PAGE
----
September. The season can’t make up its mind. Will it clutch at summer or declare the death of history & move on ? I remembered that running always gets harder for me in September. Even at 30-odd, with the whole Peak District outside my front door (to be strict, my only door at that time), there was a kind of reluctance. There was a new voice outside. I was listening to it, but I wasn’t ready to rush out & embrace whatever was going on. Autumn was going on. On Barnes Common, autumn going on means more dog walkers. It means oak mast crunchy underfoot. It means dry leaves filling the woodland singletrack to give you a feeling from a Hugh Lofting frontispiece. Today it means in addition horse chestnuts exactly as bright & polished as chestnut horses. I think about scooping some up to take home, but can’t work out a way of doing it on the move without falling over. So I just try to avoid treading on them instead. Falling over in front of the dog walkers would induce a near-fatal loss of dignity. Descending what I think of as the back side of Ingleborough Hill in the late 70s, I lost both shoes to a stretch of bog, in front of three shepherds, several of their clever dogs & about a million sheep. It takes time to recover from a defeat that extensive. One minute you’re belting along, windmilling your arms, leaping down the soil-creep terraces, with a fairly good opinion of yourself; the next you’re slinking back up hill to pull your box-fresh New Balances out of the peat.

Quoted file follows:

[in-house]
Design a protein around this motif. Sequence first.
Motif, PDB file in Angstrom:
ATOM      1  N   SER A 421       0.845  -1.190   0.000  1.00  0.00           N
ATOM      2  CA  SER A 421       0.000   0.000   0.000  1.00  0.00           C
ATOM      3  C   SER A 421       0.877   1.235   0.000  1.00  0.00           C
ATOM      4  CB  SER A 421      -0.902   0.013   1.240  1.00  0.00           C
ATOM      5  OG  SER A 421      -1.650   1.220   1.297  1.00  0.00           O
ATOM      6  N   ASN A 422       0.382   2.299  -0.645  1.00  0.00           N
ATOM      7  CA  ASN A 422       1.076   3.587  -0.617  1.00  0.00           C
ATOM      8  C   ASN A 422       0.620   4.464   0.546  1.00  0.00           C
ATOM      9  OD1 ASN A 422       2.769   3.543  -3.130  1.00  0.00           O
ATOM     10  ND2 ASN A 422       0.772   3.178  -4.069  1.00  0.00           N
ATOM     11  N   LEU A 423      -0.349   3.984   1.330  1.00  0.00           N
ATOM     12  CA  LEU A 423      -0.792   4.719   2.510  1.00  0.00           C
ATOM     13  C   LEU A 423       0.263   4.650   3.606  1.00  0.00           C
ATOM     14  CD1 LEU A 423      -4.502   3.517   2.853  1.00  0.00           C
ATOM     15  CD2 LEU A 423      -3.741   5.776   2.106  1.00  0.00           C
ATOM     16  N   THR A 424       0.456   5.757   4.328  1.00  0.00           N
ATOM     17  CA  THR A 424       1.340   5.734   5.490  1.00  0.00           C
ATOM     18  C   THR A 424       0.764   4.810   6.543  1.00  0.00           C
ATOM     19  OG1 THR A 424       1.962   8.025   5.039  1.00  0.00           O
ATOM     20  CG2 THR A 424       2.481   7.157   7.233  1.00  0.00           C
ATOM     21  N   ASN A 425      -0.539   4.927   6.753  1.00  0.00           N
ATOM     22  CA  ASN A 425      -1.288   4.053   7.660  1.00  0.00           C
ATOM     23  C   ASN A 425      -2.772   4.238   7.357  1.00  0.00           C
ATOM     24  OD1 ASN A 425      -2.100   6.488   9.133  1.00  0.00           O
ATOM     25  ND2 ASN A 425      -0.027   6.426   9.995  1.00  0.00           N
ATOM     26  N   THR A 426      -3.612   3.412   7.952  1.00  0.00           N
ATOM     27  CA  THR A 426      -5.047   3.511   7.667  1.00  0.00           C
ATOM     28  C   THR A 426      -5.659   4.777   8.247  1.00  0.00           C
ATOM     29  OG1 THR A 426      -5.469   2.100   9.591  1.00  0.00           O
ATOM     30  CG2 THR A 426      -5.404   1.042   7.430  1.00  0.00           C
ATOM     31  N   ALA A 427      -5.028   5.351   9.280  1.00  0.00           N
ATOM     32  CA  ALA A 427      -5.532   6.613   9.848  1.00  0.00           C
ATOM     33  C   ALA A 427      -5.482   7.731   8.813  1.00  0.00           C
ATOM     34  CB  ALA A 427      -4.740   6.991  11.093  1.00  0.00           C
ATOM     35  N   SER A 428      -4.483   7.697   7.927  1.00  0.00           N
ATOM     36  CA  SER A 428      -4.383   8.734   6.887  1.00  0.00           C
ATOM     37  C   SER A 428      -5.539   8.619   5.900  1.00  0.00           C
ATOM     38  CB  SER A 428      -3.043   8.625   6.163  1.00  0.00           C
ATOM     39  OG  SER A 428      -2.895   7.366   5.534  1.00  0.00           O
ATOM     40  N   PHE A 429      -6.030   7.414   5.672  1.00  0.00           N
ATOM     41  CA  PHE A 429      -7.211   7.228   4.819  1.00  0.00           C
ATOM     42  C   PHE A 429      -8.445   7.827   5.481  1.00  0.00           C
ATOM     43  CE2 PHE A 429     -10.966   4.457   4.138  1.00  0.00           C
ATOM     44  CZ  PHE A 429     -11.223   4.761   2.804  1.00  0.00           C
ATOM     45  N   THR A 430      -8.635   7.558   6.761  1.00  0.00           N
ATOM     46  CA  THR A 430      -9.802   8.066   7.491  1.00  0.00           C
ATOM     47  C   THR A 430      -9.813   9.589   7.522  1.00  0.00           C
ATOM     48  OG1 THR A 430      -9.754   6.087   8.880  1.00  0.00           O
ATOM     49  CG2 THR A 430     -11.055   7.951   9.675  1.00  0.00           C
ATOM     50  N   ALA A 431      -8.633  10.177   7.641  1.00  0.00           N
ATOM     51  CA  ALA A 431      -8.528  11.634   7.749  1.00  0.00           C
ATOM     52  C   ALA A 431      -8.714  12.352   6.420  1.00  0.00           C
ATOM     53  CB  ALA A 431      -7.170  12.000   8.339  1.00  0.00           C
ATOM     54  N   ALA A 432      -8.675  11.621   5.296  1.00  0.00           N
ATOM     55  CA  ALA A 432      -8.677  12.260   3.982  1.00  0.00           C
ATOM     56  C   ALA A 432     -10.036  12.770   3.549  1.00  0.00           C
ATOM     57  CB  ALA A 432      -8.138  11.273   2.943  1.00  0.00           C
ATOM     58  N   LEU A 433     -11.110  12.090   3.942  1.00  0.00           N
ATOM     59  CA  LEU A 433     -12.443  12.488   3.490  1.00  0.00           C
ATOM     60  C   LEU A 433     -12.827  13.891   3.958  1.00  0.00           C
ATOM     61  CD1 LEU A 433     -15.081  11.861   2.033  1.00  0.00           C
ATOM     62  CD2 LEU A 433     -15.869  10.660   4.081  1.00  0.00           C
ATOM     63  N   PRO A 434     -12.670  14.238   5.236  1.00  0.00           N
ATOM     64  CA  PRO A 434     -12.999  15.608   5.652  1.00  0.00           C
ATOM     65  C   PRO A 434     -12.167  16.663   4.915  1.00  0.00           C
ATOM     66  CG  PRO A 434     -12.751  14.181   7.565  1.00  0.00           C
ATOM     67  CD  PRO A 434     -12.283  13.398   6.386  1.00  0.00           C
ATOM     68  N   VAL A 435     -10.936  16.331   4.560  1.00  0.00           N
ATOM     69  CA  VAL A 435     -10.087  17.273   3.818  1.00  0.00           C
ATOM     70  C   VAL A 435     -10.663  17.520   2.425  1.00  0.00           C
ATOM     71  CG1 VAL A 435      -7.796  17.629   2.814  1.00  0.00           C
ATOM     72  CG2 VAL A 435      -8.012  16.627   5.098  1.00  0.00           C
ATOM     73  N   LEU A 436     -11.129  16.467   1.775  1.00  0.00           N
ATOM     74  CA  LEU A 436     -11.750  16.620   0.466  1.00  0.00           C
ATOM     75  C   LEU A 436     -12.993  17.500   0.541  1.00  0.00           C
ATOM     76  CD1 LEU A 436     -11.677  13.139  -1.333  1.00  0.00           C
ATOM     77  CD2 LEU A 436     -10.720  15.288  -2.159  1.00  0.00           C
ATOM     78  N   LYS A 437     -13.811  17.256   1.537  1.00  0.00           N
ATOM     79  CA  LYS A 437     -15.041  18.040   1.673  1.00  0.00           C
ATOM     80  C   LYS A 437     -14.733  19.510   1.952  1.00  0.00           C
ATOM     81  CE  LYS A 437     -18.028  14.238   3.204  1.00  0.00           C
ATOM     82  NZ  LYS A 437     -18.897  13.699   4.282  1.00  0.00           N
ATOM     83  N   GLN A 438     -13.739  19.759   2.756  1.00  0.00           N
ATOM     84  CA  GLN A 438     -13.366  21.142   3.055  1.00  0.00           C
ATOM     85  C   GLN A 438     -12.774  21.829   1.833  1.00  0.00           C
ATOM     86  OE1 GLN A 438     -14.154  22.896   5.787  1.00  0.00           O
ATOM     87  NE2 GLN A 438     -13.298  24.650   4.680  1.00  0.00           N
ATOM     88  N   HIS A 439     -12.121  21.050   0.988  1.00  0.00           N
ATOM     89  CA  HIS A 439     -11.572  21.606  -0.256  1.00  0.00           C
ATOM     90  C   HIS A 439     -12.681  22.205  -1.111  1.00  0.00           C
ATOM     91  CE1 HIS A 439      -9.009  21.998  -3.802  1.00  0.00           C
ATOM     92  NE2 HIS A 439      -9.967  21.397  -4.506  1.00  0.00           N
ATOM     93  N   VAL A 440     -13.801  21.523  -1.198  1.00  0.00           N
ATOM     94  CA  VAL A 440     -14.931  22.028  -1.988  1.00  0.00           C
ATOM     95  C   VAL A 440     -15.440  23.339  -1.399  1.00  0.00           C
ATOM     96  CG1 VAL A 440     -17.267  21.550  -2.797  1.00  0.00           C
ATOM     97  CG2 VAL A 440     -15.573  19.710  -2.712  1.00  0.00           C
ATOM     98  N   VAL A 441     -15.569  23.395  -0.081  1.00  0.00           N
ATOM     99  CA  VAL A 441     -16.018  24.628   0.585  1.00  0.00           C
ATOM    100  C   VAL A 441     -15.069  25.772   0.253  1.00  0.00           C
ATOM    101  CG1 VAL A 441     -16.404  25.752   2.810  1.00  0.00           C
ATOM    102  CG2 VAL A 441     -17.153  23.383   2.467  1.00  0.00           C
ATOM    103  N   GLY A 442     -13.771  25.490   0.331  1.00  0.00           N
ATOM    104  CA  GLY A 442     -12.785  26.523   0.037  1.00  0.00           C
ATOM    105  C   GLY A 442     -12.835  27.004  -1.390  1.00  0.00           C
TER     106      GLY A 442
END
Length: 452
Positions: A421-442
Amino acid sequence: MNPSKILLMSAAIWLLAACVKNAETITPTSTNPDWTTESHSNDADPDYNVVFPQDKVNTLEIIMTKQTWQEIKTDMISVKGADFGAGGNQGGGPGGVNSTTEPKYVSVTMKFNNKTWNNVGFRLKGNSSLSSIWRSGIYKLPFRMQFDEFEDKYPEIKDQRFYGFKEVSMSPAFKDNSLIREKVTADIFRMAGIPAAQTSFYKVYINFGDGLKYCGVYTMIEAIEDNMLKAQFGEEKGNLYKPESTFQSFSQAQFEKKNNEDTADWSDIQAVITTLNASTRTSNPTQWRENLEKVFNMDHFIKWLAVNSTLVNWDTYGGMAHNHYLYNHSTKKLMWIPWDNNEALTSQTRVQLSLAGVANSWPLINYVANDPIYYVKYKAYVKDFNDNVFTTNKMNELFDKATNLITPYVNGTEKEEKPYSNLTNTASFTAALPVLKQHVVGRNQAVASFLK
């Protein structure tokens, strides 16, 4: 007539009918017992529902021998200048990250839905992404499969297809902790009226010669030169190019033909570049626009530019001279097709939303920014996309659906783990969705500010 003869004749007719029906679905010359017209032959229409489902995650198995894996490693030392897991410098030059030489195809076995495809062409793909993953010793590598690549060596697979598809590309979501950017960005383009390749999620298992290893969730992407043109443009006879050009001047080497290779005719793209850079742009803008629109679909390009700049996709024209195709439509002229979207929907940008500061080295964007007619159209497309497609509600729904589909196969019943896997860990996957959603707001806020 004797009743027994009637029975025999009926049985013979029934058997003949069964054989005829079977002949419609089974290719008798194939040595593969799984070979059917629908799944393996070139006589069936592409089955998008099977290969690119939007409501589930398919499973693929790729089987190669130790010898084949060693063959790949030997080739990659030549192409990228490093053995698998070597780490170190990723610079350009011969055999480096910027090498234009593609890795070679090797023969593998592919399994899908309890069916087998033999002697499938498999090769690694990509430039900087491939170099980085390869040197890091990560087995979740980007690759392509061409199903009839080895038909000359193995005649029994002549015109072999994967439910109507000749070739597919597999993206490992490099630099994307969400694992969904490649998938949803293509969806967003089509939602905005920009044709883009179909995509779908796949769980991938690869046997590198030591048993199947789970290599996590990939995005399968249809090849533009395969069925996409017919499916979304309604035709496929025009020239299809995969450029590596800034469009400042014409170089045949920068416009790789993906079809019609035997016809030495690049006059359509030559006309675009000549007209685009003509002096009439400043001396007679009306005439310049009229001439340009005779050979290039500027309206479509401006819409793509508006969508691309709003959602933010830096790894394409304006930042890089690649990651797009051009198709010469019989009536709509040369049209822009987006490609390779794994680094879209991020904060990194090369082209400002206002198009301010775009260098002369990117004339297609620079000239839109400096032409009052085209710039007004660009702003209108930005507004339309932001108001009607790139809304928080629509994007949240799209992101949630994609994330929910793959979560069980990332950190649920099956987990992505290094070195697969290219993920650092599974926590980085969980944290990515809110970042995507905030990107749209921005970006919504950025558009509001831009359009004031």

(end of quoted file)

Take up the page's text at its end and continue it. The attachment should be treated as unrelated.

I like it now, this period of indeterminacy; but I want October. We’ve all made up our minds by then. October is ok. Hormonally, it’s get things done. It’s last chance for fuel. It’s hi to winter.